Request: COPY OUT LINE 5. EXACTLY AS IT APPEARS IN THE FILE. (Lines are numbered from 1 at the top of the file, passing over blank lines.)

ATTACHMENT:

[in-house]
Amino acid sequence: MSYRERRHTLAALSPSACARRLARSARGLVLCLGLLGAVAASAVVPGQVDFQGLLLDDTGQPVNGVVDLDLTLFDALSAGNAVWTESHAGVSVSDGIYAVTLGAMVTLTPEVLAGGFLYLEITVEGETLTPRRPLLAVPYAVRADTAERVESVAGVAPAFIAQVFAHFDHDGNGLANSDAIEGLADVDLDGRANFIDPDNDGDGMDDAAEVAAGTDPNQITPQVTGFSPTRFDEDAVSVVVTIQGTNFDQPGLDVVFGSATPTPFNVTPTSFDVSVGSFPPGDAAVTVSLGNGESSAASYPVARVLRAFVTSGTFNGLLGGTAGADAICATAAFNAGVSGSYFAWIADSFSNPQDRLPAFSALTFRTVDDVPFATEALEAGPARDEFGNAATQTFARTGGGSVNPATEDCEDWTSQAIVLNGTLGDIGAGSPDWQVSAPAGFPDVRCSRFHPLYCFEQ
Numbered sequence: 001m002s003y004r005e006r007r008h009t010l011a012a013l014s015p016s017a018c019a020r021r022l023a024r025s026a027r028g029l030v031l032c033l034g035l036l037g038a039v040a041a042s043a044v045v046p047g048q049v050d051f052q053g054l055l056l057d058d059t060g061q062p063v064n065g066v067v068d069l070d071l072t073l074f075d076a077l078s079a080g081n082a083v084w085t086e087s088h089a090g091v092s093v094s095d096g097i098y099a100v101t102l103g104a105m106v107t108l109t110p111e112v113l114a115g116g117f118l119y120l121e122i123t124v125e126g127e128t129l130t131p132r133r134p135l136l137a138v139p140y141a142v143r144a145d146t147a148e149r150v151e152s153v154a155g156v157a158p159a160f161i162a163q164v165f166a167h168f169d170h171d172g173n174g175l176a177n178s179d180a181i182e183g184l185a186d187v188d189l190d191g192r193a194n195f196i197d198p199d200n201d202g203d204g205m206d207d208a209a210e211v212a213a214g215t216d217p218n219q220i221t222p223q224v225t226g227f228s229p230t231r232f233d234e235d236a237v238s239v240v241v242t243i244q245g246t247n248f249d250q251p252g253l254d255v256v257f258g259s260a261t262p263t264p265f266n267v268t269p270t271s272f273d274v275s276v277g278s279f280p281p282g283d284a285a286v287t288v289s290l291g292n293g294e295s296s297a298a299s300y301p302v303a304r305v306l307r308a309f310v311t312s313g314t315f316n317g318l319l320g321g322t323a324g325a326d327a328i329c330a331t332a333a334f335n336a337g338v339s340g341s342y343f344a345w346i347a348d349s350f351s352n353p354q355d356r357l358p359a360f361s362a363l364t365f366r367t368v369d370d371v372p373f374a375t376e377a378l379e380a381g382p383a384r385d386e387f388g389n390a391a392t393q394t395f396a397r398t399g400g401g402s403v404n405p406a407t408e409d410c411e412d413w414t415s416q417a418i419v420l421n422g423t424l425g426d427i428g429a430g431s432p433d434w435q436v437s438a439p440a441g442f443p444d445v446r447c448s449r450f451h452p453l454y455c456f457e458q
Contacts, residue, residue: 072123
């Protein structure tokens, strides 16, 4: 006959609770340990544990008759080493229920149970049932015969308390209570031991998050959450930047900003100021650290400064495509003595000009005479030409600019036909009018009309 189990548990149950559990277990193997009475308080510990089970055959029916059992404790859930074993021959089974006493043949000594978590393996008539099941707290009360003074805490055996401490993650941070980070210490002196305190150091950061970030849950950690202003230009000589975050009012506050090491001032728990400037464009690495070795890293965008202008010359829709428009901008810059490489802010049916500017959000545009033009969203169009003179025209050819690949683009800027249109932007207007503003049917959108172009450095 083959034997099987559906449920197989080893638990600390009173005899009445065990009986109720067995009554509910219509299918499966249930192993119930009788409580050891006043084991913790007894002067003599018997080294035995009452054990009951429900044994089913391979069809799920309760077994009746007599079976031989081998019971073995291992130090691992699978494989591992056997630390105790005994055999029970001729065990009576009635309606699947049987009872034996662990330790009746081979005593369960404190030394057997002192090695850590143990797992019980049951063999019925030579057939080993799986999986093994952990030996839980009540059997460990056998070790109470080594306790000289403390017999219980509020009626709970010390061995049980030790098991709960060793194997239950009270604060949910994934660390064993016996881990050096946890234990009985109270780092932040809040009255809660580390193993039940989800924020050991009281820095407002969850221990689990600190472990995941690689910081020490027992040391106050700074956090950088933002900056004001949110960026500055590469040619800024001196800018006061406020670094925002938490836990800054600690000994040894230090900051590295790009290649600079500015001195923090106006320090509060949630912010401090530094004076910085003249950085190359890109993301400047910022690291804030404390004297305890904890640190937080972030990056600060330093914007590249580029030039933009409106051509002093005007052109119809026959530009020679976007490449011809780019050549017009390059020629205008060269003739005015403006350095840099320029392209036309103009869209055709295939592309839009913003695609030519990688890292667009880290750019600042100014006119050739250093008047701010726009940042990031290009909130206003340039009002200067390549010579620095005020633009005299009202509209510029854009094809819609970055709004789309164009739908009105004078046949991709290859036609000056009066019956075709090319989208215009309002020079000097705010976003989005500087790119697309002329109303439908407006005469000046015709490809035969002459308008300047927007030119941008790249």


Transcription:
């Protein structure tokens, strides 16, 4: 006959609770340990544990008759080493229920149970049932015969308390209570031991998050959450930047900003100021650290400064495509003595000009005479030409600019036909009018009309 189990548990149950559990277990193997009475308080510990089970055959029916059992404790859930074993021959089974006493043949000594978590393996008539099941707290009360003074805490055996401490993650941070980070210490002196305190150091950061970030849950950690202003230009000589975050009012506050090491001032728990400037464009690495070795890293965008202008010359829709428009901008810059490489802010049916500017959000545009033009969203169009003179025209050819690949683009800027249109932007207007503003049917959108172009450095 083959034997099987559906449920197989080893638990600390009173005899009445065990009986109720067995009554509910219509299918499966249930192993119930009788409580050891006043084991913790007894002067003599018997080294035995009452054990009951429900044994089913391979069809799920309760077994009746007599079976031989081998019971073995291992130090691992699978494989591992056997630390105790005994055999029970001729065990009576009635309606699947049987009872034996662990330790009746081979005593369960404190030394057997002192090695850590143990797992019980049951063999019925030579057939080993799986999986093994952990030996839980009540059997460990056998070790109470080594306790000289403390017999219980509020009626709970010390061995049980030790098991709960060793194997239950009270604060949910994934660390064993016996881990050096946890234990009985109270780092932040809040009255809660580390193993039940989800924020050991009281820095407002969850221990689990600190472990995941690689910081020490027992040391106050700074956090950088933002900056004001949110960026500055590469040619800024001196800018006061406020670094925002938490836990800054600690000994040894230090900051590295790009290649600079500015001195923090106006320090509060949630912010401090530094004076910085003249950085190359890109993301400047910022690291804030404390004297305890904890640190937080972030990056600060330093914007590249580029030039933009409106051509002093005007052109119809026959530009020679976007490449011809780019050549017009390059020629205008060269003739005015403006350095840099320029392209036309103009869209055709295939592309839009913003695609030519990688890292667009880290750019600042100014006119050739250093008047701010726009940042990031290009909130206003340039009002200067390549010579620095005020633009005299009202509209510029854009094809819609970055709004789309164009739908009105004078046949991709290859036609000056009066019956075709090319989208215009309002020079000097705010976003989005500087790119697309002329109303439908407006005469000046015709490809035969002459308008300047927007030119941008790249």